The owners of a historic building that has fallen into disrepair and is blighting the Billericay conservation area are being urged to come forward.
Elizabeth Cottage in Billericay High Street has no roof and significant structural issues after an unlawful attempt to demolish it was stopped midway through.
Basildon Council, which was behind the injunction, is now considering what action to take to preserve the 1903 building at the northern entrance to Billericay.
Richard Moore, the council’s cabinet member for regeneration and planning, said the planning committee agreed a way forward at a meeting held last week.
[quote width="auto" align="none" border="#0066cc" color="#0066cc" title="Quoted by Councillor Richard Moore"]The council now has a range of options available and can progress with or without the owner’s cooperation or consent. Obviously we would prefer to work with the owner to resolve the issue but doing nothing is simply not an option. The council will, if necessary, take action against illegal development such as demolishing a building in a conservation area without permission.[/quote]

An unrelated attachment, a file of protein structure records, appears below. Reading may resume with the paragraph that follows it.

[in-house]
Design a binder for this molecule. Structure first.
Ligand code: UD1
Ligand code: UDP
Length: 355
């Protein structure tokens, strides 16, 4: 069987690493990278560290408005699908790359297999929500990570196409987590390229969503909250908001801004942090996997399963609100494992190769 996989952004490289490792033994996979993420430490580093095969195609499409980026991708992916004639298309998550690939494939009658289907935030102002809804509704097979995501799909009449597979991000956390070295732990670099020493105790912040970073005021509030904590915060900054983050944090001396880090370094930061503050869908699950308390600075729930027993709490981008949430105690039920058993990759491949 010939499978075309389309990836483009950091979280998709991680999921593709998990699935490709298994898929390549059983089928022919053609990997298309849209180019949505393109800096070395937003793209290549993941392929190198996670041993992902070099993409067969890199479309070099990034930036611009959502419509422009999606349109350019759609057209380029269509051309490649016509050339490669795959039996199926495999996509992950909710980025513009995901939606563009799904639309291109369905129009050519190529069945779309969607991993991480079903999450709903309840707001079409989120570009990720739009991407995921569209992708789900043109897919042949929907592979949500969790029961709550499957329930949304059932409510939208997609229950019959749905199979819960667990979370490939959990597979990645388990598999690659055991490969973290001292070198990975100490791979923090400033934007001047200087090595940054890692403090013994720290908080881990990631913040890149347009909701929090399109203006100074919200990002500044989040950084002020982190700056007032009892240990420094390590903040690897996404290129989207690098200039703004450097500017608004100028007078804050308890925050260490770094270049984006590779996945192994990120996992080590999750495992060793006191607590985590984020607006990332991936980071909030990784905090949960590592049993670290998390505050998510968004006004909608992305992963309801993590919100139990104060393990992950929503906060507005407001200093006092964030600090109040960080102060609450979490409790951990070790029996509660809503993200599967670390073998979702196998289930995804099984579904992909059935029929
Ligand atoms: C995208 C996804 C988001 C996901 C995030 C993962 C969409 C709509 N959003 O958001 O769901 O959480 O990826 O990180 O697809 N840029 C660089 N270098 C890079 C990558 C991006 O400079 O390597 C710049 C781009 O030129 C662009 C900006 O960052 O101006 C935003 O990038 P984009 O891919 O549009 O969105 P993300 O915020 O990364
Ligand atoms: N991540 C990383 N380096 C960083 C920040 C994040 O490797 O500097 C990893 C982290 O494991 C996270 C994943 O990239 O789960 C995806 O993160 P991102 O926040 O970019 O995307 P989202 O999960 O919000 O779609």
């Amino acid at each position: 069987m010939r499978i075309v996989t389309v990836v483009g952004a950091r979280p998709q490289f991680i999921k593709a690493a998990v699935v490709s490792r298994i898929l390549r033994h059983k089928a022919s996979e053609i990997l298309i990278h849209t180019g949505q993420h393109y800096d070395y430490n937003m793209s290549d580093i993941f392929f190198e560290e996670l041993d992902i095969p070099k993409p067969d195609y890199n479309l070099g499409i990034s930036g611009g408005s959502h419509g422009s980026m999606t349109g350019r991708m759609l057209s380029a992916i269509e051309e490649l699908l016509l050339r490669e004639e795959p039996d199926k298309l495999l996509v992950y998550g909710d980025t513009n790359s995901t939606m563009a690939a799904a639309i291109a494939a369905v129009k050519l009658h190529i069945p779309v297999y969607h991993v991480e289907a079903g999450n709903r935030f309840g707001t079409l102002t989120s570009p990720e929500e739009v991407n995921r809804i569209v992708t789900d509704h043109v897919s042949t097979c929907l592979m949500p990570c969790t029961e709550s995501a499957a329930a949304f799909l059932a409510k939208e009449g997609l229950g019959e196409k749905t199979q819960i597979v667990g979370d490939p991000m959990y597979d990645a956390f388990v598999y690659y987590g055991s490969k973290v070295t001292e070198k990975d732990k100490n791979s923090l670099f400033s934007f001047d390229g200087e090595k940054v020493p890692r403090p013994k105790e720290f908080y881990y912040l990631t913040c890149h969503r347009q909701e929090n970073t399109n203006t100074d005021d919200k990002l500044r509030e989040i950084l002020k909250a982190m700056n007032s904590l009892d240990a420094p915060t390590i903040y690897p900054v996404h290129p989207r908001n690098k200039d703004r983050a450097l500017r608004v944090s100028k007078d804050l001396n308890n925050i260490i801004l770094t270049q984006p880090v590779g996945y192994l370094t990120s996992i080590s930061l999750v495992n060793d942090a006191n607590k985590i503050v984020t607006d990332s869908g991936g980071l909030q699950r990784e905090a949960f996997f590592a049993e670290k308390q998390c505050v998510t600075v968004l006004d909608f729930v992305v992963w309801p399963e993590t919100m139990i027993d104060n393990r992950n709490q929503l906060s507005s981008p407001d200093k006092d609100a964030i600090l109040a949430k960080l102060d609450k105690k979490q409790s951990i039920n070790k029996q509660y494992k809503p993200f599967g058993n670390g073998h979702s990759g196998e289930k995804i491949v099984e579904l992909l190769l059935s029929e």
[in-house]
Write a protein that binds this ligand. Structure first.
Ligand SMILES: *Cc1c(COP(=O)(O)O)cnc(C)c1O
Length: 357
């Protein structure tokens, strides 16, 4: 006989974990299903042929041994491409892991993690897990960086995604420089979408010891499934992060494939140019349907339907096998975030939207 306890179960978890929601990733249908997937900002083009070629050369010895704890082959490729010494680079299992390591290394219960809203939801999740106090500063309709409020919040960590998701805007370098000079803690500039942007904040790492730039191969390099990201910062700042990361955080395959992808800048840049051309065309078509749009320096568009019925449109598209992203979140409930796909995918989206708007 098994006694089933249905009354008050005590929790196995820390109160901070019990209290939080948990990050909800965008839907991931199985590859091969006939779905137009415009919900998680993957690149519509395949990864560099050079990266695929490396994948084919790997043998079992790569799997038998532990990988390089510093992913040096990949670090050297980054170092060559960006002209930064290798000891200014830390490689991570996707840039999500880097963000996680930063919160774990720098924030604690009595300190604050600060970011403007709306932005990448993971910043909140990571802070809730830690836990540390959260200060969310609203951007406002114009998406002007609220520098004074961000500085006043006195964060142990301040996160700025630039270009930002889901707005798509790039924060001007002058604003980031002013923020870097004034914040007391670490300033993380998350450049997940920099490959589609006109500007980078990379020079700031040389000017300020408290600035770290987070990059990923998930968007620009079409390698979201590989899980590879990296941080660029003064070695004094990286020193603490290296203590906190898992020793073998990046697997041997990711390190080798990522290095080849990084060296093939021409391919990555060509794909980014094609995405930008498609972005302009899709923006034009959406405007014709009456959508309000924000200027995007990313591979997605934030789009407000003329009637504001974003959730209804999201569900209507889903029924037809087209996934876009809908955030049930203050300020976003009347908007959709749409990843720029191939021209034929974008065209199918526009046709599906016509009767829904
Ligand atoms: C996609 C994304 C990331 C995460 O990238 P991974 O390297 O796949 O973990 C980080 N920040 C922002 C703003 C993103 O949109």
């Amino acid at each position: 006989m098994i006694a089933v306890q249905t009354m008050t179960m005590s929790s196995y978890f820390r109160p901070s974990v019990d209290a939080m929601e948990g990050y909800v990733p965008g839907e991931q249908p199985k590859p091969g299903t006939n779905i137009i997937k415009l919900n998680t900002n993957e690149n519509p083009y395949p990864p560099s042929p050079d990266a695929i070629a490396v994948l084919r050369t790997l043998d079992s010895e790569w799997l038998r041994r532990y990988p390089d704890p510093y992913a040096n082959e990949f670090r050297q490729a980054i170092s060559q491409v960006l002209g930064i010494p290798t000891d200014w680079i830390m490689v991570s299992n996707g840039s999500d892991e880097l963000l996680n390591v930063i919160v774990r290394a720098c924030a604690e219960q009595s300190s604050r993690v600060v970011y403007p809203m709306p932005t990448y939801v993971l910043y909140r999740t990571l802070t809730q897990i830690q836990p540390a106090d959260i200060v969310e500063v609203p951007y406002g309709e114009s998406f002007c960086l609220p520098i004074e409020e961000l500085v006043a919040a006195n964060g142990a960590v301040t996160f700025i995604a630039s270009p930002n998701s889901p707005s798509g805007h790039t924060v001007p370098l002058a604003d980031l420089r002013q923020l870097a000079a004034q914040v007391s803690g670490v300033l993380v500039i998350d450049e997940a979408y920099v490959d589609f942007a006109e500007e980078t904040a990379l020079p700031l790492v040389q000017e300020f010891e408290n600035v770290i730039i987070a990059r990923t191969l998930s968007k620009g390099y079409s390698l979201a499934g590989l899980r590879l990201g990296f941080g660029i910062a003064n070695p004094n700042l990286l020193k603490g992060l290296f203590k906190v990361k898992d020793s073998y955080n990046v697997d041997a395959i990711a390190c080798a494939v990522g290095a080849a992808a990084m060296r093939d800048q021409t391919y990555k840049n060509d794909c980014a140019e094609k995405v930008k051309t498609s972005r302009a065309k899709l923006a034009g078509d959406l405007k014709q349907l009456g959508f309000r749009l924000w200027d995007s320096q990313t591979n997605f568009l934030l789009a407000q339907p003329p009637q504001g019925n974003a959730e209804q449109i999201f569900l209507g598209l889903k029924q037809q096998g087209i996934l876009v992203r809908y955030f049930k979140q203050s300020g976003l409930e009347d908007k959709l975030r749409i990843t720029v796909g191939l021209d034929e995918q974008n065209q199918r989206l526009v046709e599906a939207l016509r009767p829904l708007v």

The committee resolved to delegate authority to council officers to undertake urgent works to protect the building from further decay.
Other options, including compulsory purchase to bring about the restoration and reuse of the building, are also being explored.
Council officers are warning that compulsory purchase is most likely the only economic option available if the owners fail to cooperate.
The cost of weatherproofing the building and other work is recoverable from the owners who are known to the council but are out of reach.
The building is not listed but it is seen as of local historic value and part of the character of the town.